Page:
Skyline graduates to a new recycling program


The San Mateo County Community College District (SMCCCD) wants to do their part in becoming more environmentally aware.

On October 2014, Governor Jerry Brown signed AB 1826, requiring as of Jan. 1, 2016 that all local jurisdictions such as residential dwellings and businesses across the state implement an organic waste program.

Any organic waste such as food waste, green waste, landscape, and non-hazardous wood waste can now be recyclable in the state. According to “California disposed of approximately 30 million tons of waste in landfills each year, of which 30 percent could be used for compost or mulch”. In compliance with AB 1826, Mandatory Commercial, Organics Recycling, and SMCCCD introduced composting bins on campus this past week as part as the Zero Waste Program. According to the website there are student waste audits that show at least 75 percent of waste could have been removed from landfills if other forms of recycling were available.

Beginning in the fall of 2017, composting will be introduced in a series of stages as follows: 1) cafeteria kitchens (pre-consumer) 2) paper towels in bathrooms, 3) cafeterias (post-consumer) 4) outdoors, and 5) classrooms, offices, break rooms, and hallways. Skyline College campus Sustainability Coordinator, Mary Thomasmeyer who is a part of the Climate Core Fellowship Program (CCFP) stated that the government puts other CCFP recent grads into schools and governments to work towards sustainability programs. After several years of composting behind the counter in the cafe and cafeteria, Skyline is looking to make composting bins available to students by placing bins around the first floor of Building 6.

On Oct. 31, 2017 the Environmental club unveiled the new composting bins on the first floor of Building 6 during lunch time. The Environmental Club promoted public composting by placing club members by the new bins to raise awareness of the bins’ presence and to inform students and faculty of what goes into each bin.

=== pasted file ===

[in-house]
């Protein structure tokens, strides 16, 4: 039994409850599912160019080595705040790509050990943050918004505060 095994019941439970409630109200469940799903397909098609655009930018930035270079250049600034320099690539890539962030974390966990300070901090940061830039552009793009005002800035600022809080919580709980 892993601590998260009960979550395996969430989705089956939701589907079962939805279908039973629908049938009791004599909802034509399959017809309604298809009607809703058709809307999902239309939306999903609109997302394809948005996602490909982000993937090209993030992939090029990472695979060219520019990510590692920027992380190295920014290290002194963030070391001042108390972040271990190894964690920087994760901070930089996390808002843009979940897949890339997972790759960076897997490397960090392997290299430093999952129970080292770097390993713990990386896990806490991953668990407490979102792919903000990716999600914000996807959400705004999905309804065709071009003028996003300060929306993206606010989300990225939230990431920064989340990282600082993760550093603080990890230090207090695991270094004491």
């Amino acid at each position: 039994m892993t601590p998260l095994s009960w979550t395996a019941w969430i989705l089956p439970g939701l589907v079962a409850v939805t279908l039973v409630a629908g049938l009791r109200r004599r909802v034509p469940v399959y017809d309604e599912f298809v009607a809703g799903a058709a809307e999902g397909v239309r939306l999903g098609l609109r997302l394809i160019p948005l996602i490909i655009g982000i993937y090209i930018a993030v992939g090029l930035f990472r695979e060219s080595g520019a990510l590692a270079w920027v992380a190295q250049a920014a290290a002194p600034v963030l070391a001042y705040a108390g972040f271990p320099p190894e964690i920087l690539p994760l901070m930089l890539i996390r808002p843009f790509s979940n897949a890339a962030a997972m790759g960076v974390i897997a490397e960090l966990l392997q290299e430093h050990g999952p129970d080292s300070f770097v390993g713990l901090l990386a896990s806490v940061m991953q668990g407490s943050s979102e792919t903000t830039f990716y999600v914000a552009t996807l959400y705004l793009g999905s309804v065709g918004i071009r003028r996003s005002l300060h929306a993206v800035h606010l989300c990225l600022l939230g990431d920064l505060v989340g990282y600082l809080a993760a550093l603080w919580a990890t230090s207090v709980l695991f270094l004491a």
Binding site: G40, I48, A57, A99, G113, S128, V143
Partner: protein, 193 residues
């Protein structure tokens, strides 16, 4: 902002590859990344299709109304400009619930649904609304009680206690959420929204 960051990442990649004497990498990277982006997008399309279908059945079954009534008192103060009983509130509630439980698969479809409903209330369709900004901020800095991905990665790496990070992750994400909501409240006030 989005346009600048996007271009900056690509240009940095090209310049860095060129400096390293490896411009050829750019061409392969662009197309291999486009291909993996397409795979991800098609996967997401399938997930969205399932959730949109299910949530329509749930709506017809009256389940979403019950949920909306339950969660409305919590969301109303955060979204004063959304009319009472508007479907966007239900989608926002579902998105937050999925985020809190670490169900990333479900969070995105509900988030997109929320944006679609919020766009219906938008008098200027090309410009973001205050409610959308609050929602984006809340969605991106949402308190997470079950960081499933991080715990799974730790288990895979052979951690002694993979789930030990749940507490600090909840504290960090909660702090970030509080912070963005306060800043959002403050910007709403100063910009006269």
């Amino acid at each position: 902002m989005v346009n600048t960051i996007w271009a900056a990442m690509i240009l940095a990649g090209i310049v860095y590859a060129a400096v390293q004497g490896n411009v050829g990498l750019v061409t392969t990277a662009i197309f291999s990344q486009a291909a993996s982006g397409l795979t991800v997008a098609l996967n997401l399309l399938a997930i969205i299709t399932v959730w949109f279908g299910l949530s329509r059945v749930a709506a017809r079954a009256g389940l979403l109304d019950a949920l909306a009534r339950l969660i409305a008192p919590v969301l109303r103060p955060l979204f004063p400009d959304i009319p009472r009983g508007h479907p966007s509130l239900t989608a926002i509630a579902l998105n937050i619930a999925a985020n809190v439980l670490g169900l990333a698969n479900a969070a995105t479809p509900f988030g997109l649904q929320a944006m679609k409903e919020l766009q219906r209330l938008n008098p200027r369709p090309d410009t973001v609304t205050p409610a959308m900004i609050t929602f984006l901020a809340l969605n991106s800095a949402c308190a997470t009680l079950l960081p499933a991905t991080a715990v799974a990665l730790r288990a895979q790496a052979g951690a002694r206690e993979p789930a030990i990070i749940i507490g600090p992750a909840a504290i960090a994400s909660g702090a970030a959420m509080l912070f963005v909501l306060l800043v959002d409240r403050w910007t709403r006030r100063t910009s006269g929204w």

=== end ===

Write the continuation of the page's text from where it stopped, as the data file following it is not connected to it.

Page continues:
Environmental Club member Isac Lam said, “We also help install programs that help bring composting trucks over to get the compost where it belongs.” He explained that the biggest compostable items are food and they encourage the college administration to try to add in the budget composting logistics to cover the cost of the composting services.

“Hopefully now it comes across people’s minds that it is important to separate your trash,” Thomasmeyer said.

When asked about how she draws attention from students to the new bins, Environmental Club member, Keilan Wiitala responded that you just try to engage with them.

“It is sometimes hard to do that, because some people are in a hurry and just throw their trash anywhere. But you just have to stop people to ask them about composting,” Wiitala said. The Environmental Club members also handed out buttons to grab Skyline students’ attention and promote their cause.

The Environmental Club members that had the most foot traffic were posted in front of Pacific Dining Cafeteria. One member, Linea Badillo said that she is noticing a difference as they stand there directing traffic among the bins. She said that it is not that difficult to separate waste between the bins.

Badillo’s club mate, Mariela Francisco said, “don’t be trashy,” as a response to students not always taking the time to learn about what’s compostable and what isn’t.